[b] As discussed in 2010 and since, Council did not respect its own public art policy nor the expert advice of its Public Art Advisory Committee in accepting the statue as a “gift” in the first place. The PAAC supports a professional best-practice approach to the commissioning of appropriate public art through proper consultation and design processes.
    [c] The particularly dominating representation of JMcS in this statue, standing triumphantly with an oversized gun, is offensive to many people and is not an accurate portrayal of his arrival in central Australia: he in fact arrived on his knees, weak and ill, and was helped by local Aboriginal people. Why not represent this encounter through a properly commissioned piece if we need another memorial to him?
    [d] A false claim has been circulated from the start that this is a JMcDS memorial when it is in fact a memorial to masonic history in central Australia, using the explorer as a cipher of that history. The plaques that will go on the large pyramid plinth all honour former centralian masons. This is a private artwork that at best belongs on private property.
    [e] “Plonking” the statue in the existing rather elegant Stuart Park represents an aesthetic disruption to that space. One of the major problems with this artwork is that it is not a site-specific design. Proper public art design processes integrate artworks and place from the start.
    [f] There will be considerable costs associated with maintaining and securing a controversial piece of public art. What is council’s budget for this perennial job?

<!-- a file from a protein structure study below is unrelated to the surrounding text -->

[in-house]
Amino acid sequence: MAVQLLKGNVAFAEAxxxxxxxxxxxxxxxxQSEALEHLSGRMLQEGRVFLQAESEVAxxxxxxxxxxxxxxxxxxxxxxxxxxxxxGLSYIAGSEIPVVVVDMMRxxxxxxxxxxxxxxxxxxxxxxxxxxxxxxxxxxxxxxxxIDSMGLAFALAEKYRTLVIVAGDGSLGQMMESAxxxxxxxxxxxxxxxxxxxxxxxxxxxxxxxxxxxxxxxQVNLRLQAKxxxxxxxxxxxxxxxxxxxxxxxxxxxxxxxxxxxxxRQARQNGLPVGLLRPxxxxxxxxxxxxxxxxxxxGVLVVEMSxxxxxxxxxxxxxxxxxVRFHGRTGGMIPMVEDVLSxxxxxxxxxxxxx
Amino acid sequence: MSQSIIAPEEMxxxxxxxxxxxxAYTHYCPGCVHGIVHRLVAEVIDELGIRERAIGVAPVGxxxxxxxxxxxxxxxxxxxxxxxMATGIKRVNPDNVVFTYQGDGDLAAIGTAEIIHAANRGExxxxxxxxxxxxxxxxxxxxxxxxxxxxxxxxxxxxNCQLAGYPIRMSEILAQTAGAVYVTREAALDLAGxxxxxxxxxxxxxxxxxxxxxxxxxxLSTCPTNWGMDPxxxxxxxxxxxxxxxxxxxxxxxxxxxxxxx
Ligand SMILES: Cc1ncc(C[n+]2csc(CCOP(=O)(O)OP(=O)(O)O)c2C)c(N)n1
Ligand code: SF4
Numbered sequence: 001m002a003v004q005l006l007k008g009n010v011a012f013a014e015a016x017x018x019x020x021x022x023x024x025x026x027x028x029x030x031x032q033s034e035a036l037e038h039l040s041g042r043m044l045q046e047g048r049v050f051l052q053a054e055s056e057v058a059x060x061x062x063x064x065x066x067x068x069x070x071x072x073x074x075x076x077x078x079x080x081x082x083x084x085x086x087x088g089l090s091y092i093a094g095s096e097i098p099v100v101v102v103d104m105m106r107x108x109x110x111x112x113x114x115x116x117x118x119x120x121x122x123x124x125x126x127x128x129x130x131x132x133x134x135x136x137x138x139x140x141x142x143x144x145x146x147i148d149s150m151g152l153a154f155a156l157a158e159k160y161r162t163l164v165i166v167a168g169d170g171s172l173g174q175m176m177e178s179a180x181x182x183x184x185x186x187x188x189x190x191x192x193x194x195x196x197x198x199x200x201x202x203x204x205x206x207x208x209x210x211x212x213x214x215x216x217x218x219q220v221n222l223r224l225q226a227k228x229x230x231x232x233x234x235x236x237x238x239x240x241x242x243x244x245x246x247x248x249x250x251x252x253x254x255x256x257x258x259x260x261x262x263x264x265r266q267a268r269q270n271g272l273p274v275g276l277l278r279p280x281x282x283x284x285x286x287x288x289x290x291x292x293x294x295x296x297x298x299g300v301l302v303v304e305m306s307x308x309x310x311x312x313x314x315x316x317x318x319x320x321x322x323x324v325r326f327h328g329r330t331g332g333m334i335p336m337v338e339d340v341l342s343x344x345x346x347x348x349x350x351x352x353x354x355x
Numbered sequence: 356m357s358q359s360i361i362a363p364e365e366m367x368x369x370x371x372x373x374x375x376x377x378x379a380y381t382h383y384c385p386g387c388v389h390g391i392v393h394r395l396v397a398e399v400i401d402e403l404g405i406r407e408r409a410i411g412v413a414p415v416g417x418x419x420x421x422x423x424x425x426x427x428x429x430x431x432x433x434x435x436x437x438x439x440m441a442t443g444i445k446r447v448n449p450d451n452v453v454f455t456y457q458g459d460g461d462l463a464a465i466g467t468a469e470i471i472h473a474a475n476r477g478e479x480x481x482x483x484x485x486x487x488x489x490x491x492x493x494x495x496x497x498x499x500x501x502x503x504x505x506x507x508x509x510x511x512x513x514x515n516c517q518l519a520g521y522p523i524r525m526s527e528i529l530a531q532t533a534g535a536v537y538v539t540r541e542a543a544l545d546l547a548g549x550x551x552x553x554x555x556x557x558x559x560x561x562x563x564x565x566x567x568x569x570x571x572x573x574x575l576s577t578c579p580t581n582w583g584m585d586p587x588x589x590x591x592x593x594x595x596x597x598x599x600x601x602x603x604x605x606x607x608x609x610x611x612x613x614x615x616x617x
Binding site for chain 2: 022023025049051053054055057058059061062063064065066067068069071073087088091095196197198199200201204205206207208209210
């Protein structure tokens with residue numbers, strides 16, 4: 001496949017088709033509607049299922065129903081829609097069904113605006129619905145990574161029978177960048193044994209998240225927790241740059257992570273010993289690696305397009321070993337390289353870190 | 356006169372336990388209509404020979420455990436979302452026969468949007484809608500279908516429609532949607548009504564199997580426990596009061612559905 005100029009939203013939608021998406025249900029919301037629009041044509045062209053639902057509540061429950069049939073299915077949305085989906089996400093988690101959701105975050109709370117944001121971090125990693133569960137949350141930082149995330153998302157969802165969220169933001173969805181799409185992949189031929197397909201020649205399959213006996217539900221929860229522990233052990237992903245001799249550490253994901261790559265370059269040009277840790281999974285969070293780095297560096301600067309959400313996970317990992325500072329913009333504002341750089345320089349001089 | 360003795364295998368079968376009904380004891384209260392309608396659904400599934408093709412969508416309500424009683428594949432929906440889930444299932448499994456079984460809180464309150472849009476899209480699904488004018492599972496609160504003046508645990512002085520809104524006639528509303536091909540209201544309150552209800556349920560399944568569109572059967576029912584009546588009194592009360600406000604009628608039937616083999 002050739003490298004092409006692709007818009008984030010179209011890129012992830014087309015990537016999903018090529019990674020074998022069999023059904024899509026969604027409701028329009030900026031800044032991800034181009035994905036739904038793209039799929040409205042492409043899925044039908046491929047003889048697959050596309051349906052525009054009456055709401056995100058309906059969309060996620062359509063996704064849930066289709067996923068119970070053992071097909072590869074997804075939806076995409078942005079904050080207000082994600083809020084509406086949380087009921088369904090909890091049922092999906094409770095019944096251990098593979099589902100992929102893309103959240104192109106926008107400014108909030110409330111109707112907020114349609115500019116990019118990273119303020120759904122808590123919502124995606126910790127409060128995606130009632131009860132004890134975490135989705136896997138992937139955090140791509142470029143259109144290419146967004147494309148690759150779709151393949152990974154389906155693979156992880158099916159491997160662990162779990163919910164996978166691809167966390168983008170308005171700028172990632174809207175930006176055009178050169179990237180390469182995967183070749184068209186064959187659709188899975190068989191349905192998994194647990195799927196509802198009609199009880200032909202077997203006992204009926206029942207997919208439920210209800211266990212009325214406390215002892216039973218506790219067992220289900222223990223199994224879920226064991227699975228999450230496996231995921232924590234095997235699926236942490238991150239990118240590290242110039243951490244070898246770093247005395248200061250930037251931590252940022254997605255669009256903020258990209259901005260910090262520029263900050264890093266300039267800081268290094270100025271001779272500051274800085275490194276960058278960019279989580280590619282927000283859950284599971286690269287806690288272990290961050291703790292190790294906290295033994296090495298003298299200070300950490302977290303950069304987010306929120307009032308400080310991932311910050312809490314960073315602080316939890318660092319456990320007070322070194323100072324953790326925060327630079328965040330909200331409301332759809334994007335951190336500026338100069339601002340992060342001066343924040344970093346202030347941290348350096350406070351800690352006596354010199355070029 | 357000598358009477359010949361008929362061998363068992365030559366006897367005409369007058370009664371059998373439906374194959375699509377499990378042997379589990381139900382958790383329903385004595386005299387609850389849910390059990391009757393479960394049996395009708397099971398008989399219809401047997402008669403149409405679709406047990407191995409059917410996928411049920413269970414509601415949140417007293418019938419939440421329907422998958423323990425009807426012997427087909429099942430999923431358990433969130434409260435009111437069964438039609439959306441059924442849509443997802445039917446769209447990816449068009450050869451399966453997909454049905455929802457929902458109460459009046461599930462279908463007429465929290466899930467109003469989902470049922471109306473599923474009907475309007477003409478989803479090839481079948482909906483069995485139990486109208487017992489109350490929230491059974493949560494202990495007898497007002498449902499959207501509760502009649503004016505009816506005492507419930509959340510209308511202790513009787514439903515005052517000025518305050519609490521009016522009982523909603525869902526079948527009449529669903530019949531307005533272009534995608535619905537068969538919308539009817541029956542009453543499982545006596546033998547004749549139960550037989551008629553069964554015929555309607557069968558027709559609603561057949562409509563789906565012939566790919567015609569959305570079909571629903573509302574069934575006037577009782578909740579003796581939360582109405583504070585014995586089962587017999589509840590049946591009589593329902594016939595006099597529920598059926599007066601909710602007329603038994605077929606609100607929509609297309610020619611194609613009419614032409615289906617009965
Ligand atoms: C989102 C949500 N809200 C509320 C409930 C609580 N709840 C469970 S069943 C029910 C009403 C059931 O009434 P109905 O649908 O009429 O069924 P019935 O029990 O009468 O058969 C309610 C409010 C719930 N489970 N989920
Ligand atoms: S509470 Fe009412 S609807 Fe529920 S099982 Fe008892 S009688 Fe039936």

[g] Local media has in recent days given air to the highly inaccurate claim that there is no opposition to the statue. A capacity crowd attended the 2010 emergency public meeting about the statue and the very large majority were against it for a variety of reasons, some of which I’ve outlined here.
    I resigned from the ASTC Public Art Advisory Committee last month. I encourage anyone with concerns about the erection of the statue to contact the PAAC at your earliest convenience.

  3. Why is a statue of a past pioneer not allowed because he holds a gun? This is how many people in the early days traveled, unsure of what was ahead of them. Not having a weapon makes it hard to kill for food, and this is mainly how explorers got their meat.
    When will we as Australians work together for a better country?

  4. How is Stuart’s gun any different to the Anmatjere Man’s spear? There were many good reasons, such as a lack of established Council process and no public consultation, to oppose the original placement of Mark Egan’s monumental statue, but the gun issue was always, and still is, a bogus distraction.
    John McDouall Stuart carried a gun. Of course he did.
    A more interesting question is what business is it of the Alice Springs Town Council to assist in honouring the Freemasons?